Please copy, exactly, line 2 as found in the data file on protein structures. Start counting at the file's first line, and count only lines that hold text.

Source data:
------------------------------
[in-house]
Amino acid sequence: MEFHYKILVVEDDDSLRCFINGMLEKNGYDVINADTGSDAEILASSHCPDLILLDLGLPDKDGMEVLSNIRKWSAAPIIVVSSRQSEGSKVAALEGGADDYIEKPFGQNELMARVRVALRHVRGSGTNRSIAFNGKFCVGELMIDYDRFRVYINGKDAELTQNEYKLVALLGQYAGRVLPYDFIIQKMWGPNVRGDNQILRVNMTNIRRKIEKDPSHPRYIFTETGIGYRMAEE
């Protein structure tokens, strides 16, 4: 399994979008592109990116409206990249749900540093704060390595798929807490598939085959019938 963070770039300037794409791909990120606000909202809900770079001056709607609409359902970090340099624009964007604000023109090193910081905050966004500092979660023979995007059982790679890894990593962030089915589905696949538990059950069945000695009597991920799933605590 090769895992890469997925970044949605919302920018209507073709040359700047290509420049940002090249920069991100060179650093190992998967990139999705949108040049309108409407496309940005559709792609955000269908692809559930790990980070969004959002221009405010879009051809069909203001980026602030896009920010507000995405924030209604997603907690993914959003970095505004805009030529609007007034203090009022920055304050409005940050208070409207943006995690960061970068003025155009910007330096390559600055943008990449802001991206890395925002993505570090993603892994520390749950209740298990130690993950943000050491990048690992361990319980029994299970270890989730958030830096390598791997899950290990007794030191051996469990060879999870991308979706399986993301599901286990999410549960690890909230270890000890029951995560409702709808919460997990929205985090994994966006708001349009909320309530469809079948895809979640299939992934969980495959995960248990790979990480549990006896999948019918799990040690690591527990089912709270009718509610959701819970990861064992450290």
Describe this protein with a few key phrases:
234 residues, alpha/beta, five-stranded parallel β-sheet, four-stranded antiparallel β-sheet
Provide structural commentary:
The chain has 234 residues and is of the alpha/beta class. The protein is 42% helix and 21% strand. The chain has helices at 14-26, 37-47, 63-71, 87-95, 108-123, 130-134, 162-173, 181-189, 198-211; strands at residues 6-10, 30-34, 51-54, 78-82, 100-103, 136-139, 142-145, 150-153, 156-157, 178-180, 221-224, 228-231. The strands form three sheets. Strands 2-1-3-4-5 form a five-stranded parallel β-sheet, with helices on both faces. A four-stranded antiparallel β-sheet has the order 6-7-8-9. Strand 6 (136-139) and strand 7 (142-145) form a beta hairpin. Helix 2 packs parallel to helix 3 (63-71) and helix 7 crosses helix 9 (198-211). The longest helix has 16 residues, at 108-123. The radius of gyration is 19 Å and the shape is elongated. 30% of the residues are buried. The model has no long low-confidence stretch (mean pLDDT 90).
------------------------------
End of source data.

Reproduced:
Amino acid sequence: MEFHYKILVVEDDDSLRCFINGMLEKNGYDVINADTGSDAEILASSHCPDLILLDLGLPDKDGMEVLSNIRKWSAAPIIVVSSRQSEGSKVAALEGGADDYIEKPFGQNELMARVRVALRHVRGSGTNRSIAFNGKFCVGELMIDYDRFRVYINGKDAELTQNEYKLVALLGQYAGRVLPYDFIIQKMWGPNVRGDNQILRVNMTNIRRKIEKDPSHPRYIFTETGIGYRMAEE